But they're looking to a judge, ultimately, who has to make the — has the opinion that this is, in fact, relevant enough.


    That's right. And the judge has to make the determination. In the case of the FISA courts, the Foreign Intelligence Surveillance courts, they are designed to work in a classified arena, and they take the arguments from NSA or another intelligence agency and say, OK, is this relevant to national security? Is there a clear and present danger to us right now that requires this kind of action?

    If there is not, then they should reject the motion. If there is, then they accept it, and that's how they operate.


    Well, so, Kate, Kate Martin, respond to that. Where is the weak link, if you think there is one?


    Well, I think the first question that we don't know is, what is the government doing? Does it consider that it's relevant to collect not only all of our metadata on all of our phone calls and our Internet communications, but also other kinds of records, bank records, credit card records?

    In the government's views, those aren't protected by the Fourth Amendment. So it has this giant database, which I vaguely heard today that maybe before they — they have some more procedures, right, about how they use that database. That's all secret. So we don't know what it is that they're collecting, the breadth of what they're collecting, nor do we know what the rules are about using it.

    And, you know, my view of the Constitution is that the basic purpose of the Fourth Amendment was to prevent general searches, which meant that the government goes into your house, takes everything, and looks through it to see if there's evidence of a crime or terrorism.

    And I worry that what it seems like, but we need to know because we don't know, and we have been denied the information — that what the government's approach at the moment is, well, we will construct this enormous database on all Americans' activities.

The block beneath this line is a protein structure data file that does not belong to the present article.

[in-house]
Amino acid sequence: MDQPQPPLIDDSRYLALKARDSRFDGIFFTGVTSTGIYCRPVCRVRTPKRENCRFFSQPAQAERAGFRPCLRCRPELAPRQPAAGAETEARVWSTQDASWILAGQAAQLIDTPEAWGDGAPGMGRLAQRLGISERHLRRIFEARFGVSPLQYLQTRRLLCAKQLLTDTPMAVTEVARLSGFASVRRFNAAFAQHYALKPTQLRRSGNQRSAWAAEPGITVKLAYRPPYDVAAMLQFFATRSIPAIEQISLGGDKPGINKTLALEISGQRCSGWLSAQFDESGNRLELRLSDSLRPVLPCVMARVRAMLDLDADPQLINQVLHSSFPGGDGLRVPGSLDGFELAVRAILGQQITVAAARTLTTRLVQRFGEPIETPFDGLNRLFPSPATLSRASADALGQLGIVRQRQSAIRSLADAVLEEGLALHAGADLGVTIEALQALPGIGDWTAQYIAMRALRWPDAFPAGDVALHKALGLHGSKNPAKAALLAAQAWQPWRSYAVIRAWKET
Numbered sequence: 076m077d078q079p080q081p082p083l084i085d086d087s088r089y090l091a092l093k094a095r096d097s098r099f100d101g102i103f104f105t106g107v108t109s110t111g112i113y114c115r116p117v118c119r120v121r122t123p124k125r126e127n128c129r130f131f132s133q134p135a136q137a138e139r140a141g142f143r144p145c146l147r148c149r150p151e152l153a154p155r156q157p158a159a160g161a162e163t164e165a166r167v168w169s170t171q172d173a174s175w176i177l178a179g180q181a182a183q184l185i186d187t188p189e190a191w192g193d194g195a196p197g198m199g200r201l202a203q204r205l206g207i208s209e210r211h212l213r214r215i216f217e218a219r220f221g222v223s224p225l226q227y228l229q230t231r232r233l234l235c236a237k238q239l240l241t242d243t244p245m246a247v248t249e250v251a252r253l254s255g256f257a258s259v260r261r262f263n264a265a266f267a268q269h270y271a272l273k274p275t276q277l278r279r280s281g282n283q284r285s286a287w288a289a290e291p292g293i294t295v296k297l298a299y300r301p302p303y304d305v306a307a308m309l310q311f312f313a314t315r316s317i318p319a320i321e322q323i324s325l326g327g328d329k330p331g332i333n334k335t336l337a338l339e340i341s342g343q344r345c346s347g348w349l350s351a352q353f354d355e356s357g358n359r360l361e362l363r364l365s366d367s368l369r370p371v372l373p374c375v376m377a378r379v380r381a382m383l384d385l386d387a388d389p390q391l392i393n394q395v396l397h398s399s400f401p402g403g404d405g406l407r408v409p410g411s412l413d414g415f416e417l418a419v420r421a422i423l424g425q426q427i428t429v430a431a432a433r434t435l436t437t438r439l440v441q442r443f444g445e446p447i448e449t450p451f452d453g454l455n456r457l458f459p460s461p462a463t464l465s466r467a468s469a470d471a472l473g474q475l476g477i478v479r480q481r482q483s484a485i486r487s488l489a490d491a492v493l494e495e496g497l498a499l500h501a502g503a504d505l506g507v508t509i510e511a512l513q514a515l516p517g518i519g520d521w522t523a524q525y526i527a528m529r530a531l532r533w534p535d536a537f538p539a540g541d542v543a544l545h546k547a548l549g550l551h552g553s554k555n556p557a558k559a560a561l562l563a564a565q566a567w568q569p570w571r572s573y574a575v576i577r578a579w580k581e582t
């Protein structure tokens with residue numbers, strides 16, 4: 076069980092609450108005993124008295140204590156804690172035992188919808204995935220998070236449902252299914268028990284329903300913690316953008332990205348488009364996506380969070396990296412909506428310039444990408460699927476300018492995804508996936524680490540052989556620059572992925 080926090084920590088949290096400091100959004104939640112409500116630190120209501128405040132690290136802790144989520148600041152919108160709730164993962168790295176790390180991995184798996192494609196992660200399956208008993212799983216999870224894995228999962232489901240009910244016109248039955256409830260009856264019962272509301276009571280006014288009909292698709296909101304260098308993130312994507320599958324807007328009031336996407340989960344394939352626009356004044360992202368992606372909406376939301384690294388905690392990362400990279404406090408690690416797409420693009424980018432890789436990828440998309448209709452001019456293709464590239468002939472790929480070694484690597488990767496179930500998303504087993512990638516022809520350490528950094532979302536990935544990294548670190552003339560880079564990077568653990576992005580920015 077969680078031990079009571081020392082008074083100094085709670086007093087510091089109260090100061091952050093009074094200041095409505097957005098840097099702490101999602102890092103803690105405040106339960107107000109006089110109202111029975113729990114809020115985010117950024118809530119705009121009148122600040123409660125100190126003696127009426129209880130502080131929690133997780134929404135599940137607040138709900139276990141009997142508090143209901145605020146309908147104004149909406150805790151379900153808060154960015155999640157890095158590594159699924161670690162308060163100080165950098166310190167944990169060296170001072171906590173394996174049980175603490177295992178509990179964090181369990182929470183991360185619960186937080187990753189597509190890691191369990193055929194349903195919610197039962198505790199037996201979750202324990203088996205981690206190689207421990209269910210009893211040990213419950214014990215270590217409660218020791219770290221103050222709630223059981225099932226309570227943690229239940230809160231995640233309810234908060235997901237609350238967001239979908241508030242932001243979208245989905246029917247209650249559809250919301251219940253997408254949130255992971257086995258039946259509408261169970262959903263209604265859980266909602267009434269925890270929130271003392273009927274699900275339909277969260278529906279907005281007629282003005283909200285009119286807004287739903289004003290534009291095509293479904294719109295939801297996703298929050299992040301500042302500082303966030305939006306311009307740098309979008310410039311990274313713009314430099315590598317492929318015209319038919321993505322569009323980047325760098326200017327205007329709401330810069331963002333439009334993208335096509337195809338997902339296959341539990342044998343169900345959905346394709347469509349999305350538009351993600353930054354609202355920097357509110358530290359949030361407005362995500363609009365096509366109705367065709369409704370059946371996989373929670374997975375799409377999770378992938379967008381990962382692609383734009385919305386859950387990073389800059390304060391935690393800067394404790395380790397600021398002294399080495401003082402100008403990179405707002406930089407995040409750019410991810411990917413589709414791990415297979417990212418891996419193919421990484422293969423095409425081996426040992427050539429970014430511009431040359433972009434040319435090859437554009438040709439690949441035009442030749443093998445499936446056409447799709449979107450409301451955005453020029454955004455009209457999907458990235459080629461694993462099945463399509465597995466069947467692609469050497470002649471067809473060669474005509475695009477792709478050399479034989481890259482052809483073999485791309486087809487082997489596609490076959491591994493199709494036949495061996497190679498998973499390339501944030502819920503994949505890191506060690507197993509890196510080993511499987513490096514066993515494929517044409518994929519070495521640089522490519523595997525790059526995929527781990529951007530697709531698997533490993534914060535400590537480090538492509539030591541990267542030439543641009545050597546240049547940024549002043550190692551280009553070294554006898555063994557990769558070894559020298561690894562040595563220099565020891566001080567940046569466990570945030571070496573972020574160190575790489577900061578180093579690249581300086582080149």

Well, let me get — let me ask Cedric Leighton to respond to that.

    Is there a way for the government to be clearer about what it's collecting and still do its work?


    I think so, and I think we have to be very careful with it.

    I think Kate brought up an interesting point, an excellent point, in that they have not been clear about how they handled the data. And some of the issues surrounding it have to this point been classified. But there are — think — I think there are ways to say, OK, this is the data that we're collecting in general terms, and our way of handling that data is as follows.

    For example, there are rules that govern how we deal with data from U.S. persons. The NSA has some very specific rules, many of which are classified. But the gist of them is that no one can gather data on U.S. persons without the express permission of a court. And that is part of that. That's the beginning of this approach where we have to be very careful with how we make this work.


    And just very briefly, now we get The Washington Post reports about the Internet. Would it surprise to you find that other phone companies may have been involved with this as well?


    Oh, not at all. I think it's logical to say …


    You're expecting that we will hear more?


    Yes, I definitely do.


    And just to be clear, the express permission of a court is not equal to a Fourth Amendment warrant. There was no Fourth Amendment warrant-type order in this case.


    All right.


    And it's really disturbing that we have to learn about this through a leaked document, rather …


    OK. We will continue to follow this.

    Kate Martin and Cedric Leighton, thank you both very much.


    Thank you.


    Thank you so much.